Donnie Moran Reflects on Eldora Million

The Only Other Winner of the Eldora Million

Reflects on the Race That Defined His Career

ROSSBURG, Ohio, June 6 — At one point or another, most people dream about what it would be like to win a million dollars. That dream will become a reality for the dirt late model driver who wins the “Eldora Million” on Thursday, June 9 at one of the nation’s most historic short tracks, Eldora Speedway.

It’ll actually be even better than that, because this year’s Eldora Million will pay $1,002,022 to the winner.

What is it really like to win a million dollars? We asked that question to Donnie Moran, who is known as the “Million Dollar Man” for winning the Eldora Million at Eldora Speedway more than 20 years ago, in 2001. It was the defining achievement not only for him but also for the track promoter, the late Earl Baltes. Until the current Eldora Speedway promoter, Tony Stewart, surpasses it on June 9, that race was by far the richest dirt-track late model race in history and one of the richest races in the world.

All those years ago, what did Moran think when he first heard that he had the chance to compete in a $1-million-to-win race?

“I thought it would be cool to win it,” said Moran, who is based in Dresden, Ohio. “That was my first impression.”

He brought a brand-new car and engine and his best equipment to the race.

“We built a brand-new C.J. Rayburn car for that race, and Charlie Fisher built a brand-new engine for it,” he said. “We worked hard to have 100 percent of our equipment in top shape.”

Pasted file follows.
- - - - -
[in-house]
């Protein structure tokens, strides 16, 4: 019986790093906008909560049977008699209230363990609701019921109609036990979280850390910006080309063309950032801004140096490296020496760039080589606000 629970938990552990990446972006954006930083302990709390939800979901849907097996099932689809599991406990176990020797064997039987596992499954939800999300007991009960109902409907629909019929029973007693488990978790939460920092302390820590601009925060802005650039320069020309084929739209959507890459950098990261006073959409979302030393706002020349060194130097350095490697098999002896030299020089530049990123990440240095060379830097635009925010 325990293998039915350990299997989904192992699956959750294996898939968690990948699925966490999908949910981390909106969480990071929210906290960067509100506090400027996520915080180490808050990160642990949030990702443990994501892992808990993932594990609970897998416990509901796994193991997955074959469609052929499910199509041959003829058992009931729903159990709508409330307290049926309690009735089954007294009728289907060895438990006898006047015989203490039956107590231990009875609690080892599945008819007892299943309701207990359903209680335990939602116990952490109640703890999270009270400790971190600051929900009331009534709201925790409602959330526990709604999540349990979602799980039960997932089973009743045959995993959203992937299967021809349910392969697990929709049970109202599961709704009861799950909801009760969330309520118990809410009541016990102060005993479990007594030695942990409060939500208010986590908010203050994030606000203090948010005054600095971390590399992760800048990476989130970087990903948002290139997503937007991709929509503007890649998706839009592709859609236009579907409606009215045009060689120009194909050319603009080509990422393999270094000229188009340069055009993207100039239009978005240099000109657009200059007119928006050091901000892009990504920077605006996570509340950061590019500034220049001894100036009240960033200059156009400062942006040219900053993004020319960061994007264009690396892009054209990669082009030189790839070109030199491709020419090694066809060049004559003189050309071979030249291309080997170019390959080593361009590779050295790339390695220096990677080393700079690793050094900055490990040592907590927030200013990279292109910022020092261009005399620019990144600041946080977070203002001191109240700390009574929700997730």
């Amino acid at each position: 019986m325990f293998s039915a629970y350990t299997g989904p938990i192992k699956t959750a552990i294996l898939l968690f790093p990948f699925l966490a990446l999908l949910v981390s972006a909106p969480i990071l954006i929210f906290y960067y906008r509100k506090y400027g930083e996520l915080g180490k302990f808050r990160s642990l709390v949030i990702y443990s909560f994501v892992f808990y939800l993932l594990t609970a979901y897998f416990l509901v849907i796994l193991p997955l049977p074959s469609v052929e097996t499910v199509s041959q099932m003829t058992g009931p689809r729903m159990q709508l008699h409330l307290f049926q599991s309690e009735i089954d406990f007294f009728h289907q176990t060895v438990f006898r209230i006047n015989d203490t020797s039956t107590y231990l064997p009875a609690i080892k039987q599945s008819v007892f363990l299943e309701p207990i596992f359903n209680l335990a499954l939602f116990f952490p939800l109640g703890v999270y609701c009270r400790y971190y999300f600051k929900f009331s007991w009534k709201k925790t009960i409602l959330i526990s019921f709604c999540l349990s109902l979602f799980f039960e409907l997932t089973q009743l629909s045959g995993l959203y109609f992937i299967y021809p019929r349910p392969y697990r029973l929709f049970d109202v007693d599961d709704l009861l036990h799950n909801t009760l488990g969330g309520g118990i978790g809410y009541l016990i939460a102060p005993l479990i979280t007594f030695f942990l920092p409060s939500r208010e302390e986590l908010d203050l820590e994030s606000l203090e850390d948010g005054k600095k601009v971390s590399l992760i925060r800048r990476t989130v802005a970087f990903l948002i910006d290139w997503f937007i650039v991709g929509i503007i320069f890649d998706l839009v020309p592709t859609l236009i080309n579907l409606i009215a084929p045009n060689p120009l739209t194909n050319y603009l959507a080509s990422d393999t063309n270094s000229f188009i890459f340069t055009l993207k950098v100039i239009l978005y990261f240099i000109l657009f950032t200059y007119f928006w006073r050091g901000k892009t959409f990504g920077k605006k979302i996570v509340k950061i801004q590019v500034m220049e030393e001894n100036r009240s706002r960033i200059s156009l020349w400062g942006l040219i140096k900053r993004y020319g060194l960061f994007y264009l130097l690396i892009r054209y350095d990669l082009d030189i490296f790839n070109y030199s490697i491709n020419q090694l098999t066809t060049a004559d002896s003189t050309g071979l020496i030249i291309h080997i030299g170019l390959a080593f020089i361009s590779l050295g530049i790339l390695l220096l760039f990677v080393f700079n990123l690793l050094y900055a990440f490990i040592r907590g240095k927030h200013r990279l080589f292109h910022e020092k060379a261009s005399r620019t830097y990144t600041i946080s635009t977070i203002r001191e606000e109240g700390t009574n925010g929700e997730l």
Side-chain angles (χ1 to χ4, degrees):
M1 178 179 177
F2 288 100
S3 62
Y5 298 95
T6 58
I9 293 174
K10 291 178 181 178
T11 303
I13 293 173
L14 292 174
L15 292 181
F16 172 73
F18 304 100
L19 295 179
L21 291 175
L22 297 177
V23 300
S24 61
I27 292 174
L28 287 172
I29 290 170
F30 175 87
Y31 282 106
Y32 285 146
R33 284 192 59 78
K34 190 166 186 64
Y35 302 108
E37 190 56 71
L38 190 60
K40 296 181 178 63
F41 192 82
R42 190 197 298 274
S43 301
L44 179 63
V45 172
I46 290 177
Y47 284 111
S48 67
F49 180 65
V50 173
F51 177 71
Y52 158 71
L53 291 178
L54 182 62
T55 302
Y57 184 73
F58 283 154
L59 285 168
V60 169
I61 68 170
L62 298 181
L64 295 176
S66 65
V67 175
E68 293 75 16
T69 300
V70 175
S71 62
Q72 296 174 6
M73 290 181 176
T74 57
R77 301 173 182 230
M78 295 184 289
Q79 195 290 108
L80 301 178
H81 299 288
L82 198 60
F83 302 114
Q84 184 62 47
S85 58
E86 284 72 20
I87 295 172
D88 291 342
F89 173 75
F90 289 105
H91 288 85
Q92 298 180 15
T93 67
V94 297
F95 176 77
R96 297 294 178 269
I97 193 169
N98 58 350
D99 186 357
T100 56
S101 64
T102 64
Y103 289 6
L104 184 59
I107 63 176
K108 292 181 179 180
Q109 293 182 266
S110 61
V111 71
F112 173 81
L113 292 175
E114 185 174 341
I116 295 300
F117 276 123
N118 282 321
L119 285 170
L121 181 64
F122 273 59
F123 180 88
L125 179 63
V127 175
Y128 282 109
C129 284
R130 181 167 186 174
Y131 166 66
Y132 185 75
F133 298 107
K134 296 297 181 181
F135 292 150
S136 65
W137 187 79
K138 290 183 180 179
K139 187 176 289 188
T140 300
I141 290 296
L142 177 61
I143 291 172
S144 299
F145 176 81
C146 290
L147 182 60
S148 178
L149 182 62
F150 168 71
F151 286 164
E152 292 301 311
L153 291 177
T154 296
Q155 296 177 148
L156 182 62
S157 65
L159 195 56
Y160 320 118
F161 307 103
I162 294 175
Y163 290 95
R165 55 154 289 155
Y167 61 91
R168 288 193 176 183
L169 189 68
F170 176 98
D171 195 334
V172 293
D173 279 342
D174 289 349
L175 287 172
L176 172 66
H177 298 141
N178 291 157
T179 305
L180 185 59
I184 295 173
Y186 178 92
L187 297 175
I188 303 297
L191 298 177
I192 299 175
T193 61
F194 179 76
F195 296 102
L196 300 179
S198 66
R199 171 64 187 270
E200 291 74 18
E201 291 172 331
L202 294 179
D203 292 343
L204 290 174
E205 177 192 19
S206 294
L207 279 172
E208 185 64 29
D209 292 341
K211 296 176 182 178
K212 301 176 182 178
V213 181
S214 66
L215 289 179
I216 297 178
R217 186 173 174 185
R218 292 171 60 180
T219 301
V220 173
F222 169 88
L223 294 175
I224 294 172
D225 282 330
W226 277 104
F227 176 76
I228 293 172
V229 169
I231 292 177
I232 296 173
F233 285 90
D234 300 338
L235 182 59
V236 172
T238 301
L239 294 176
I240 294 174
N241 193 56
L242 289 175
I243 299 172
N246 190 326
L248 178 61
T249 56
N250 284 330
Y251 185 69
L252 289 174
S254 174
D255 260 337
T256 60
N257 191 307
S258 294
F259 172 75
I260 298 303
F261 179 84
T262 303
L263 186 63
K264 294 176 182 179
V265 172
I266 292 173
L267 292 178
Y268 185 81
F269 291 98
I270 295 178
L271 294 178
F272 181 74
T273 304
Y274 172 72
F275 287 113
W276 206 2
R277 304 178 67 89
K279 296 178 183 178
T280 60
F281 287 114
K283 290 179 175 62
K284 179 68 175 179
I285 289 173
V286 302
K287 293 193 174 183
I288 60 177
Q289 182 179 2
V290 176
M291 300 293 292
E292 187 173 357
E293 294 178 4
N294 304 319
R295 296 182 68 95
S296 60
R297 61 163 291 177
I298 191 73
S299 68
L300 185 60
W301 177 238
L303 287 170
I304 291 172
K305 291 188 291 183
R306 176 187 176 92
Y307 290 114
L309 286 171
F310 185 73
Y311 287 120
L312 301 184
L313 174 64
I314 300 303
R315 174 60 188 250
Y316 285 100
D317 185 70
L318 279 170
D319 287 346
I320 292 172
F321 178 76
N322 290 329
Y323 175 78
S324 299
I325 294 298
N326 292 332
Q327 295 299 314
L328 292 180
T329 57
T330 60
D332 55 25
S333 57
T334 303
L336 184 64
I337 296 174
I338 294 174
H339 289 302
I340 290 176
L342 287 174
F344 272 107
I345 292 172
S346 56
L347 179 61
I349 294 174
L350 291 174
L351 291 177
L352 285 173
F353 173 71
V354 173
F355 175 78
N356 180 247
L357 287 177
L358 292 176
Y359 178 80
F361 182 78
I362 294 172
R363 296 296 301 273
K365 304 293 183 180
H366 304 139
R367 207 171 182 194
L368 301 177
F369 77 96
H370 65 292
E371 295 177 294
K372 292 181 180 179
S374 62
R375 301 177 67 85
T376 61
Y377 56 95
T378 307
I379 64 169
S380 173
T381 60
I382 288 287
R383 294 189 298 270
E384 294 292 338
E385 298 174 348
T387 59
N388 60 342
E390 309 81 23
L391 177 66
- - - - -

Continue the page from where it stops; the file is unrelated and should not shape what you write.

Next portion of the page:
It was all hands on deck, too.

“My sister and brother-in-law retired in 1996, and we were a good team,” Moran continued. “I had a top-notch team in 2001 too, but I hired them back for two weeks of work to help us. I said they could get paid for their work or they could get a percentage if we won, and they took the percentage,” he added with a smile.

“Charlie Fisher built us a great engine,” he continued. “He actually also built Jac Haudenschild’s engine when Jac won the Mopar Million for sprint cars, which had a million-dollar purse. That’s why I think he should be inducted into the National Sprint Car Hall of Fame for his engine work. He’s unbelievable. He still lives on the west side of Columbus. His niece is Sarah Fisher, who raced at Indy.”

It often takes a couple races to get everything sorted out with brand-new race cars. That wasn’t the case with this one, though.

“I was confident in our car, and that we would have no problems with it,” Moran said. “Everything was the same as the car I had been running, except everything was all new.”

The pressure of being in such a big race might have gotten to some drivers, but Moran took it in stride. “We did as much preparation as we could, but I just took it like another race,” he said. “I never raced for the money; the money was just a bonus.”

Moran said when he thinks about the 2001 Eldora Million, he also thinks about his wife and the birth of their fifth child.